The Madrassa of Sultan Hassan Mosque is massive and you can easily spend hours roaming around. The architecture is so unique – probably my favorite mosque! Right next door is El Rifai Mosque – which is just as spacious and beautiful.
Yet another historic compound combining Islamic, Christian and Jewish histories. At the entrance, you’ll be greeted by Amr Ibn Al As Mosque and several corridors of shops and restaurants. Further down, is the Ben Ezra Synagogue, which dates back to the 9th century.
As you dive into the historic district, you’ll reach Coptic Cairo. The Christian Quarter houses the famous Hanging Church, Church of St. Gergius and St. Bacchus Church.
If you’re in Cairo, you’re here for the pyramids. & here we are. The Giza Pyramids are located in a large complex, which houses several pyramids including the “Great Ones” – Khufu, Khafre and Menkaure. This is a great opportunity to get a horse or camel ride around the area as it can be quite a walk (especially in the heat).
From there, check out the Solar Boat Museum then head to see the Sphinx. As you wrap up your day, head over to the Mena House Hotel for some amazing panoramic views of the pyramids and great food. If you’re feeling extra hungry, try some mashawy, or charcoal grilled meats at Andrea Restaurant or have a hefty traditional lunch at Felfela… both within a walking distance of the pyramids.
If you have some free time in the evening, consider checking the sound & light show at the Pyramids. The time table is available here as they offer the show in three languages every night!
Culture & Arts
Egypt, locally known as Um Al Dunya, or the mother of the world, has a charm like no other city. Even with it’s overpopulation, loud car honks, and clouts of smog – it remains one of the most visited countries in the world for both its’ rich history and deeply rooted culture. Here are the most visited sites for Cairo’s arts scene.
Cairo Opera House –the main performing arts venue in the Egyptian capital, be sure to catch a show – ballet, symphonies, orchestras, or internationally renowned performers check out the full schedule here!
El Sawy Culture Wheel – a private cultural center and a platform for unique urban initiatives. Here’s a calendar of all their events.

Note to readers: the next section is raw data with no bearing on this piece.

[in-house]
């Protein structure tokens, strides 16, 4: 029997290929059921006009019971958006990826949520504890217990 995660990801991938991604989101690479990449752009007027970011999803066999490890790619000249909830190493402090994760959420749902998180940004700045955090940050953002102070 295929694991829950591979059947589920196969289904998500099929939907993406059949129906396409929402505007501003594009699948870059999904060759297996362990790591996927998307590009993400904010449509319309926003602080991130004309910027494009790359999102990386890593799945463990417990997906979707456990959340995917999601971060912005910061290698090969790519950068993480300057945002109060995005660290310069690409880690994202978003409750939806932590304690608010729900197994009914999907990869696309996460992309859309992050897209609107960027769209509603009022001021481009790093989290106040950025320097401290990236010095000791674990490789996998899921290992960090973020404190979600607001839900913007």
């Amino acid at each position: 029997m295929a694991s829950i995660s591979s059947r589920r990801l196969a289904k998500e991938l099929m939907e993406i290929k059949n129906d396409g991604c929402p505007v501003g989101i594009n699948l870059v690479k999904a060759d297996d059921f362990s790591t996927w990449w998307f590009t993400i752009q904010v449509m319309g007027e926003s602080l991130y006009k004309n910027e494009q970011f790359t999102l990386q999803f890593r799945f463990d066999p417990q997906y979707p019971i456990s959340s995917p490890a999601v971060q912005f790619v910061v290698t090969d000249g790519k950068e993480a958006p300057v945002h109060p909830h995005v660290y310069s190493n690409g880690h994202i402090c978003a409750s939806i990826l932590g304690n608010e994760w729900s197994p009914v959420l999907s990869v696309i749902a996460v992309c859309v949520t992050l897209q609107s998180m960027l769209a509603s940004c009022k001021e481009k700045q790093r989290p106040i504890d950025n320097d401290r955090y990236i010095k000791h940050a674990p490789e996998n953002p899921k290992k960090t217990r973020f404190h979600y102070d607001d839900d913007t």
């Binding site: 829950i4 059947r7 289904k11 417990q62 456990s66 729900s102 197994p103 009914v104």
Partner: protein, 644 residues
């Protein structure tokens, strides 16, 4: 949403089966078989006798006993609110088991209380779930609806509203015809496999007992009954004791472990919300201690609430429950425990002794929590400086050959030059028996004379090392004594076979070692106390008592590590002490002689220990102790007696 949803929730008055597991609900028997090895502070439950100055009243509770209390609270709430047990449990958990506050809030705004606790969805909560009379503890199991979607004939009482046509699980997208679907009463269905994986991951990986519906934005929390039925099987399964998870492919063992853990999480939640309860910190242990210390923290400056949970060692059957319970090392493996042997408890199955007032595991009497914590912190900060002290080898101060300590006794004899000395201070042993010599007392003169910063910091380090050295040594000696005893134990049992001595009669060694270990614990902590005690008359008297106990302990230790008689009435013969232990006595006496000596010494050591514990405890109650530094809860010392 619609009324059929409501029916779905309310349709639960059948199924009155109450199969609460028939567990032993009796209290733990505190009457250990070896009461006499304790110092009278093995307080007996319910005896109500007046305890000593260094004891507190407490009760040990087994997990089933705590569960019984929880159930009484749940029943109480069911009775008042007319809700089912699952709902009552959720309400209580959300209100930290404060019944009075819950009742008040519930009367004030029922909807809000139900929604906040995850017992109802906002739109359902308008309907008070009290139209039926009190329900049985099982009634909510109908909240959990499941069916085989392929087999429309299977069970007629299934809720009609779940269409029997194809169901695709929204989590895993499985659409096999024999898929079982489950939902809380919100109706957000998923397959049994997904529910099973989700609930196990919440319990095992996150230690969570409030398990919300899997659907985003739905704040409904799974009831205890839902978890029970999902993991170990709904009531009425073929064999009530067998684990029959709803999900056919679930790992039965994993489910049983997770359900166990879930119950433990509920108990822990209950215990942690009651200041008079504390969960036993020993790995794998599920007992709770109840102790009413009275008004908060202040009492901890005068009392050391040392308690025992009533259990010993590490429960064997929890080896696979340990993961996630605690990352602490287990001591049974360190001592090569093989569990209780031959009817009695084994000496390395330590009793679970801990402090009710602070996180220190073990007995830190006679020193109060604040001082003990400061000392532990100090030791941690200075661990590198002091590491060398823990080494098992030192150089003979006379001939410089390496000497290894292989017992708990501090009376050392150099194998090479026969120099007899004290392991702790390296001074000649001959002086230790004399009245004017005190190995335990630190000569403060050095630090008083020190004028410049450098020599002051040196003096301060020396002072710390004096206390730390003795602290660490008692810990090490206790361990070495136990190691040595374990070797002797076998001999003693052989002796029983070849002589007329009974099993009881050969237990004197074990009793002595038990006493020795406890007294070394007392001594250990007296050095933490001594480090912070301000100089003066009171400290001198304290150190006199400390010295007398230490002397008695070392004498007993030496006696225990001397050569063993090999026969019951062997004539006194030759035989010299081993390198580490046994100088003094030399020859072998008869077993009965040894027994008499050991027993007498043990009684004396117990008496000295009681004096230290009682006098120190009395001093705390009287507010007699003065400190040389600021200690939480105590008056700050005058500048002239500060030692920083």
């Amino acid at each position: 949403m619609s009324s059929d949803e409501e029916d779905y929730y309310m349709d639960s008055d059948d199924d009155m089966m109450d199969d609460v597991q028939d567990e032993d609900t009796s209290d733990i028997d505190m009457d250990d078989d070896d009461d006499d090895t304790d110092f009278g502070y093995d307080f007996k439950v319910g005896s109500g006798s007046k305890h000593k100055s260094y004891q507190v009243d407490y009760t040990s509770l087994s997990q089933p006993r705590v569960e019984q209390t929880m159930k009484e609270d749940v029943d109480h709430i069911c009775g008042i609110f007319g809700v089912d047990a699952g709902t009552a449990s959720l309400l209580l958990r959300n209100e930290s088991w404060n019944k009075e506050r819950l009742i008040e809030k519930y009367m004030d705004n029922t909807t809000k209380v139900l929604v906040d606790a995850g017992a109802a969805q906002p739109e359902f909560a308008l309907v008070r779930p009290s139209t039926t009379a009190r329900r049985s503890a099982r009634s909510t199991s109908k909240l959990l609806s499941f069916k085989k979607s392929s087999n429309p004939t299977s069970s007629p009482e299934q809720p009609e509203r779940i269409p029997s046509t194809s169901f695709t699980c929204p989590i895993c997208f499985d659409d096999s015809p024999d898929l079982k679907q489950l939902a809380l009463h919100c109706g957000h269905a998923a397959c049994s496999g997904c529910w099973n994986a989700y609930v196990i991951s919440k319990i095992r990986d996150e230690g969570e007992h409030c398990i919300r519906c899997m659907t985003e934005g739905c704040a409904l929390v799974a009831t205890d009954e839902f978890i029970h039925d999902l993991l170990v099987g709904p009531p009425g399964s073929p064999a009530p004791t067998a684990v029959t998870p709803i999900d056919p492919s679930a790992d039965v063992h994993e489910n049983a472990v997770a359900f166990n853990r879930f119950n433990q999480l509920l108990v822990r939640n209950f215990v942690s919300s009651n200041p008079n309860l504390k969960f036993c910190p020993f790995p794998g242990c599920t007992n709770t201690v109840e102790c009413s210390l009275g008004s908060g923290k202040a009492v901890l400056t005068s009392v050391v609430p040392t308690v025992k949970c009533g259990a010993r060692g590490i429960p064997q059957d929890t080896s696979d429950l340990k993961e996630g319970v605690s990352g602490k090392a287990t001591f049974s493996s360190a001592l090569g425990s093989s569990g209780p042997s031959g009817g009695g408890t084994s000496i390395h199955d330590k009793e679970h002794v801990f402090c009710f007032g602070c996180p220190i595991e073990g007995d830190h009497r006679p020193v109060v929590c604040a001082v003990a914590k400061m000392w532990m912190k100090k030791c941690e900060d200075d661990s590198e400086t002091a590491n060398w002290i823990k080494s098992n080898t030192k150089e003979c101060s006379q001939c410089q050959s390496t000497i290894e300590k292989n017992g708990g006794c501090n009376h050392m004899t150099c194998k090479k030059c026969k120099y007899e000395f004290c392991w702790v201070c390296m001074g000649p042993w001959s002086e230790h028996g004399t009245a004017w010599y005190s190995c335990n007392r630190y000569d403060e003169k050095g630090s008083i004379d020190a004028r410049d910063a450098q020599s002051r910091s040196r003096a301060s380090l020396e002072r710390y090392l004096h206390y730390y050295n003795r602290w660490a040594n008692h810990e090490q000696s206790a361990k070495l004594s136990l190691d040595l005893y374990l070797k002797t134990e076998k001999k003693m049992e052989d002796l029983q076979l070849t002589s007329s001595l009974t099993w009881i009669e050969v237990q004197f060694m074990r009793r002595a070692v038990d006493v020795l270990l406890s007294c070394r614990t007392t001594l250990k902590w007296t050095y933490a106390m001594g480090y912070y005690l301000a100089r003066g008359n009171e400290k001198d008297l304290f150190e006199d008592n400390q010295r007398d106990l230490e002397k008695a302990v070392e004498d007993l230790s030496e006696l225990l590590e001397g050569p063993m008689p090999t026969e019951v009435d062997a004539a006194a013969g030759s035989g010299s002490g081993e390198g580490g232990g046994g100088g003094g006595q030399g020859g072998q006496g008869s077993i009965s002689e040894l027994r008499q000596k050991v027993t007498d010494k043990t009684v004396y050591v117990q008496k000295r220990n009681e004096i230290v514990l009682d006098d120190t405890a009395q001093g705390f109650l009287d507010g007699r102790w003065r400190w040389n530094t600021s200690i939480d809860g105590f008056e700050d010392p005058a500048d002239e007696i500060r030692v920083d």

Wekalet el Ghouri Arts Center– If you’re looking to experience a Whirling Dervish Performance (locally known as a Tannoura show) this is where you need to be! Beware that you cannot purchase tickets before hand, so plan accordingly! Typically shows run on Saturday, Monday and Wednesday and begin at 7:30 p.m!
Where & what to eat
Koushary – known as the poor man’s dish, but really a superb bowl of carbohydrates. Layers of lentils, rice, pasta, tasty tomato sauce, and friend onions, this 5-layer extravaganza in an Egyptian staple. Favorite places to grab the hefty dish? Koshary Al Tahrir, Koshary Abu Tarek and for a “fine dining” Koshary, try Zooba!
Hawashy – can it get better than a deep fried burger? Yes. Hawashy. It’s not really a burger, it’s an enclosed pita bread stuffed with ground beef & an assortment of spices (not spicy, just spices). Our favorite place to grab hawashy? Hawashi Al Refaie conveniently located in downtown!
Foul & Falafel – a traditional Egyptian breakfast made of falafel, locally known as taameya, and foul which is a dish of refried fava beans. Popular local spots are the Gad chain (which has locations all over the country) and Felfela (another felfela, not the one by the pyramids for feteer).
Molokhia – an acquired taste, a dark leafy green thick soup base typically served with rice and fried chicken. The official name of the leaf used in this delicacy is “Corchorus olitorius,” which has the features of collard greens before it’s cooked down to this stew. You’ll find Molokhia served in every restaurant in Egypt, but make sure to try the warm bowl at Abu El Sid for the most favored.
Feteer – remember when you were strolling through El Hussein and we said you have to try feteer at Egyptian Pancake House? Well you do! & not just that, make sure to try the flaky pastry dish as both savory and sweet. Another good spot is 3al 7aseera, which is just a beautifully decorated little whole in the wall but absolutely worth the visit!
Serving the best last for all those with a sweet tooth! Egyptian desserts are pretty much the same as most Middle Eastern/Mediterranean sweets. You have your typical Baklawa, and Konafa. But what’s really authentic to Egypt is Um Ali, which translates to Ali’s Mother. The dish really has nothing to do with a Ali, it’s a deep-dish bread pudding made with phyllo dough, nuts & milk. Another one of a kind dessert is Bassbousa a crumbly cake made with semolina and drenched in homemade syrup! We don’t have favorite places for dessert, you’ll be able to find these in any restaurant you try in Cairo!